# Perpendicular distance from the origin to the plane (proof in vector form).

Please note I just need pointing out where my line of reasoning goes wrong.

Given a plane defined by a fixed point $A$ with coordinates $(x_a, y_a, z_a)$ position vector $\boldsymbol{a}$ and a normal vector $\boldsymbol{n}=\begin{pmatrix}a \\ b \\ c\end{pmatrix}$

We have $\boldsymbol{r}.\boldsymbol{n} = \boldsymbol{a}.\boldsymbol{n}$, where $\boldsymbol{r}$ is position vector of a general point in that plane. And the equation of a plane is thus:

$\boldsymbol{r}.\boldsymbol{n} = d$ in vector form

or

$ax+by+cz=d$ in Cartesian form.

Further, I am happy that the perpendicular distance from some point $(x_0, y_0, z_0)$ is given by

$$\frac{|ax_0 + by_0 + cz_0 - d|}{\sqrt{a^2+b^2+c^2}}$$

I also know from various sources (which state it without proof) that if a unit normal vector $\boldsymbol{\hat{n}}=\frac{\boldsymbol{n}}{|\boldsymbol{n}|} = \begin{pmatrix}\frac{a}{\sqrt{a^2+b^2+c^2}} \\ \frac{b}{\sqrt{a^2+b^2+c^2}} \\ \frac{c}{\sqrt{a^2+b^2+c^2}}\end{pmatrix}$ is used in the vector equation of a plane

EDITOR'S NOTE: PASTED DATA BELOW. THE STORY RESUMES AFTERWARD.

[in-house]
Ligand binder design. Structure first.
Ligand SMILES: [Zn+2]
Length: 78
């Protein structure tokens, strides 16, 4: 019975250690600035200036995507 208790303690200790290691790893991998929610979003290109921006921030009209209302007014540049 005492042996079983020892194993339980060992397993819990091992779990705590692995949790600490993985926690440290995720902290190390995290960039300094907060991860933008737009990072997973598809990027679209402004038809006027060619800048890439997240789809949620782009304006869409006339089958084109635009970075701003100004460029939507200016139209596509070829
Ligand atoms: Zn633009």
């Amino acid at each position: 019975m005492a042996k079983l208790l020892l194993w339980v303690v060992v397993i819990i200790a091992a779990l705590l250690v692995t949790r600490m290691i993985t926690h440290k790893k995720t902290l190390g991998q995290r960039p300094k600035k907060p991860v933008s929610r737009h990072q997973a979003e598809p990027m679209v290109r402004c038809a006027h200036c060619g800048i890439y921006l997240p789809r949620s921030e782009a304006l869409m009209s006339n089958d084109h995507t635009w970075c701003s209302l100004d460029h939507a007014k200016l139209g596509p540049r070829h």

$$\boldsymbol{r}.\boldsymbol{\hat{n}} = d$$

then $d$ is the perpendicular distance from the origin to the plane.

I am struggling to derive this result for myself.

(1) Using the formula for perpendicular distance of any general point:

$\frac{|a\times 0 + b\times 0 + c\times 0 - d|}{\sqrt{a^2+b^2+c^2}} = \frac{|- d|}{\sqrt{a^2+b^2+c^2}} = \frac{|-(ax_a + bx_a + cz_a)|}{\sqrt{a^2+b^2+c^2}} = \pm\frac{ax_a + bx_a + cz_a}{\sqrt{a^2+b^2+c^2}}$

(2) Using the vector plane equation:

$\boldsymbol{a}.\boldsymbol{\hat{n}} = \frac{ax_a + bx_a + cz_a}{\sqrt{a^2+b^2+c^2}}$

The only difference is the $\pm$ sign which comes from dropping the modulus. But the modulus is in the formula for a good reason -- to account for cases when the general point $(x_0, y_0, z_0)$ is on either side of the plane.

Is it more correct then to state that in the plane equation $\boldsymbol{r}.\boldsymbol{\hat{n}} = d$, the distance from the origin is $|d|$, rather than $d$?

(...) then $d$ is the perpendicular distance from the origin to the plane.
(...) then $\color{red}{|}d\color{red}{|}$ is the perpendicular distance from the origin to the plane.
Also you can't drop the modules that way: $$|something|=\pm something$$